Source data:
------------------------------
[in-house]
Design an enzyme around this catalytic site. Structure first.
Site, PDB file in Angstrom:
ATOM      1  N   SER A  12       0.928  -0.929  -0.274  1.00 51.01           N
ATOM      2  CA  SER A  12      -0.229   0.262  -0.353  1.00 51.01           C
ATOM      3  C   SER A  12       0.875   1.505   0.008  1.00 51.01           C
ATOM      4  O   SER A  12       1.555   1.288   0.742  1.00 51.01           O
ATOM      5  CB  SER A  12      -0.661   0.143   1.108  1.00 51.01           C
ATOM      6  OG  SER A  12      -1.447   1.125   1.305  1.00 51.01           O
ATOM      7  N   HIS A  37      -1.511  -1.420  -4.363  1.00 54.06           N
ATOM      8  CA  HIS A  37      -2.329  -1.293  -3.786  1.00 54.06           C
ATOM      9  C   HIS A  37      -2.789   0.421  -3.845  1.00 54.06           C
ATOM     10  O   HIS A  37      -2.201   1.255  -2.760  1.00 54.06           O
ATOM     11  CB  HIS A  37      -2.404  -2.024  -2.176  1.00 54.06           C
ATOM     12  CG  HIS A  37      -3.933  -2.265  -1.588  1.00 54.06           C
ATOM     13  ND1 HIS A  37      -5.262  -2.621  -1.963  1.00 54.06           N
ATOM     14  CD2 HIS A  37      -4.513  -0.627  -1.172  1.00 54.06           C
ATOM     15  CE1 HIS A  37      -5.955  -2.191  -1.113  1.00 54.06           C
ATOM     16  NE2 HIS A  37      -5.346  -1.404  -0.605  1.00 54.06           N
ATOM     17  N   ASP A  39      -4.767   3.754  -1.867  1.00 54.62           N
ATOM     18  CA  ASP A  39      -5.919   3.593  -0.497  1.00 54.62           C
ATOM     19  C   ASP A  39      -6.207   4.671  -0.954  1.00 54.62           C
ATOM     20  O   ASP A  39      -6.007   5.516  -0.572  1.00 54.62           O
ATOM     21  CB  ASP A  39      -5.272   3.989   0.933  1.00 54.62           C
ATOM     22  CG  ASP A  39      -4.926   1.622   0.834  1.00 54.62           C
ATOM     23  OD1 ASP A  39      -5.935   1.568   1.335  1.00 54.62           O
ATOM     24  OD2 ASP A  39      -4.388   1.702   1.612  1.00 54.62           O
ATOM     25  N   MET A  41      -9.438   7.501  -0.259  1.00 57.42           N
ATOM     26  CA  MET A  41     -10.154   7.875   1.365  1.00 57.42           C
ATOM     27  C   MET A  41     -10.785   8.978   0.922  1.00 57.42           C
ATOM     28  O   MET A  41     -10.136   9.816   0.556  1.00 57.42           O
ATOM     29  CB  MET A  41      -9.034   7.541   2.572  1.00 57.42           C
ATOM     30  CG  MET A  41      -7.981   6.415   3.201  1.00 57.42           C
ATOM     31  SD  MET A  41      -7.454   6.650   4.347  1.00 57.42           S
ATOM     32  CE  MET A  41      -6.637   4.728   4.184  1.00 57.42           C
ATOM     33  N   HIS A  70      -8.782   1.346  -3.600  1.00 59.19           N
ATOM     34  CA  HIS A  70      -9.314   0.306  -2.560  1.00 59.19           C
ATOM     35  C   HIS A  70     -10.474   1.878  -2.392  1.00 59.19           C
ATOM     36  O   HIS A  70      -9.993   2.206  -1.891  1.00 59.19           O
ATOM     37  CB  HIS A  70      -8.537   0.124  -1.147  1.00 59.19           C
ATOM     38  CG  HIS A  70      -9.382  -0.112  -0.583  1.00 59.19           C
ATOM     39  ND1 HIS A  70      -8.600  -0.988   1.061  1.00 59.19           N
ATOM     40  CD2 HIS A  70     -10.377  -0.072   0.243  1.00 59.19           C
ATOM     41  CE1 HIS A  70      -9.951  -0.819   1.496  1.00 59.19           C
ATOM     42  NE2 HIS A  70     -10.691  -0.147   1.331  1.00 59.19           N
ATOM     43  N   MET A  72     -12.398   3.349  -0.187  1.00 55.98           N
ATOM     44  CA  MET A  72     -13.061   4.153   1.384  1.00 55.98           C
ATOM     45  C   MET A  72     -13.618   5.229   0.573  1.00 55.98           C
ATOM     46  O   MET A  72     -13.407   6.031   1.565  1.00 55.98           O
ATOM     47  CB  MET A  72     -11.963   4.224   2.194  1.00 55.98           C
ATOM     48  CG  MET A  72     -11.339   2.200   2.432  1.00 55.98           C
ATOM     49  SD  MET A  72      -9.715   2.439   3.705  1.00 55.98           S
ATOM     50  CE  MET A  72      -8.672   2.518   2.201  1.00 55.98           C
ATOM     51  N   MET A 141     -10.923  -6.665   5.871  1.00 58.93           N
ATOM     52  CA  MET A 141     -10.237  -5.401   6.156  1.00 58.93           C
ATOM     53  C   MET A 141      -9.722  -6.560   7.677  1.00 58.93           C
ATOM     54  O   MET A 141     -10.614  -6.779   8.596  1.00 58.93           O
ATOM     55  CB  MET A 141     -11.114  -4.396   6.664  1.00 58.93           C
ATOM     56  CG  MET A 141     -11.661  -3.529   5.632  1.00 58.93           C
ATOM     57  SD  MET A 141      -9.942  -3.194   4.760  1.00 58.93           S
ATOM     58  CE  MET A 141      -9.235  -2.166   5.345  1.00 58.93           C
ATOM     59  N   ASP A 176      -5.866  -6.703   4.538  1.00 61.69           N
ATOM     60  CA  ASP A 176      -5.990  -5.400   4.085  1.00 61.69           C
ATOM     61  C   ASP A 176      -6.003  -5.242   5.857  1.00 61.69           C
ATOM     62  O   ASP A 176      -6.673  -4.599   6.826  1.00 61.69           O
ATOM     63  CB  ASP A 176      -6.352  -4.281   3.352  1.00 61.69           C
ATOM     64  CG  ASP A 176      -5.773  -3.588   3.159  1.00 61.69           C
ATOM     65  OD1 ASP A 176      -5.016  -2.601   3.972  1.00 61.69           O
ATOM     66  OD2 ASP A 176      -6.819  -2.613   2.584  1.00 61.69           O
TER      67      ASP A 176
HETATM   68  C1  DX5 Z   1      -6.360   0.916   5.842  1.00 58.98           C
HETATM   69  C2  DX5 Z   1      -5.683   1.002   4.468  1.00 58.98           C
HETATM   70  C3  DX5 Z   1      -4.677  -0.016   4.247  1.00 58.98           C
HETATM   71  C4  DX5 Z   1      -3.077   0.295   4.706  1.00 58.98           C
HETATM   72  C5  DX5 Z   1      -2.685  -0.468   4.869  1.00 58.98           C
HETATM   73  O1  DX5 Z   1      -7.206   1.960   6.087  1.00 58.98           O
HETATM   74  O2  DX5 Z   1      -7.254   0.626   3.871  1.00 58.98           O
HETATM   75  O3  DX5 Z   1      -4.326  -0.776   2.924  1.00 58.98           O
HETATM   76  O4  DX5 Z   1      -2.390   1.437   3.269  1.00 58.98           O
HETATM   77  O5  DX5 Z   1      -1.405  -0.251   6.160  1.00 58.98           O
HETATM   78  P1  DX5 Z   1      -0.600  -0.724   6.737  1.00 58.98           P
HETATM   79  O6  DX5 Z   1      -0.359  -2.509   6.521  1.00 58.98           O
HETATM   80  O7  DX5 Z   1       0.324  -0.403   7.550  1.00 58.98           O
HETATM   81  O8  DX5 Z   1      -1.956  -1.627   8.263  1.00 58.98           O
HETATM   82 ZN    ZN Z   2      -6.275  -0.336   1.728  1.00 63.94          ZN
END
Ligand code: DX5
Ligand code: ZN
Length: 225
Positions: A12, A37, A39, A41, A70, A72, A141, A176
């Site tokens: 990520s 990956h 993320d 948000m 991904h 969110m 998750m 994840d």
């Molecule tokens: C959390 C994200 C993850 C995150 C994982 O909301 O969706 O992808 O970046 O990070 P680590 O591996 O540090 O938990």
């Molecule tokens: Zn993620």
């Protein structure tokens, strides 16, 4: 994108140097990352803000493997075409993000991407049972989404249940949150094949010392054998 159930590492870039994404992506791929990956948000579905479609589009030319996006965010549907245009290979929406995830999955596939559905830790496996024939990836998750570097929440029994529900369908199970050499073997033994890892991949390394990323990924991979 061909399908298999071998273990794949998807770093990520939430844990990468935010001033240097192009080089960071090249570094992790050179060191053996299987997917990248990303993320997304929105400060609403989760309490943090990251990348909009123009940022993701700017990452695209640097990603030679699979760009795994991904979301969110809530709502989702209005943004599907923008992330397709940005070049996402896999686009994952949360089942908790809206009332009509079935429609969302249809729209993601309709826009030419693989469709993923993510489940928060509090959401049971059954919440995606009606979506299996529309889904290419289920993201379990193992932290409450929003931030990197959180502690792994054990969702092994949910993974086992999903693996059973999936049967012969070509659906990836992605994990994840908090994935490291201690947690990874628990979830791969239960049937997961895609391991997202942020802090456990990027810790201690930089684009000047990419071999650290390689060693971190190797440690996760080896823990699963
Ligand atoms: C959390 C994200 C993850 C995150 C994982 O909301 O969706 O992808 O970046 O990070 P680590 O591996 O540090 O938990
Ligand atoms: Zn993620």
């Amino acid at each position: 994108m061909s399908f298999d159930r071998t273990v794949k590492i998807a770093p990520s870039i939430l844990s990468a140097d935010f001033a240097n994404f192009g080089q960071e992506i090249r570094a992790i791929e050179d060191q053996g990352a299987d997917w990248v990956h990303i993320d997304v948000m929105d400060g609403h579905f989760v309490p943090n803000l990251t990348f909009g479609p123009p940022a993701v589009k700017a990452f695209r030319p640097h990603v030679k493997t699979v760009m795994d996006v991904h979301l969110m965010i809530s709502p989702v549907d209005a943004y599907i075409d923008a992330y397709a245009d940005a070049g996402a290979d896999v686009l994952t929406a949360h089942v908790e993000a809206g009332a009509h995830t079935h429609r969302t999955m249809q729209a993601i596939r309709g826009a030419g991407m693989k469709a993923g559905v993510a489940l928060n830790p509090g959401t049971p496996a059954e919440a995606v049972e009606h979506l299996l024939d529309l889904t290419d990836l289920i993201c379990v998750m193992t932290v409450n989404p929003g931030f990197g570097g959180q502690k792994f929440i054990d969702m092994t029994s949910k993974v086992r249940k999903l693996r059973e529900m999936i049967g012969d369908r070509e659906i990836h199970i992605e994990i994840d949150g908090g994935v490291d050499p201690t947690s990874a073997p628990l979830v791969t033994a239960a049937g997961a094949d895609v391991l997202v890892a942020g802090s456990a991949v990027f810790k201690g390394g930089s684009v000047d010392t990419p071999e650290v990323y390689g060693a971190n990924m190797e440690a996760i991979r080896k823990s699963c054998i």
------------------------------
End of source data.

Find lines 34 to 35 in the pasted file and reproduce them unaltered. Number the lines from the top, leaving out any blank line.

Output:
ATOM     31  SD  MET A  41      -7.454   6.650   4.347  1.00 57.42           S
ATOM     32  CE  MET A  41      -6.637   4.728   4.184  1.00 57.42           C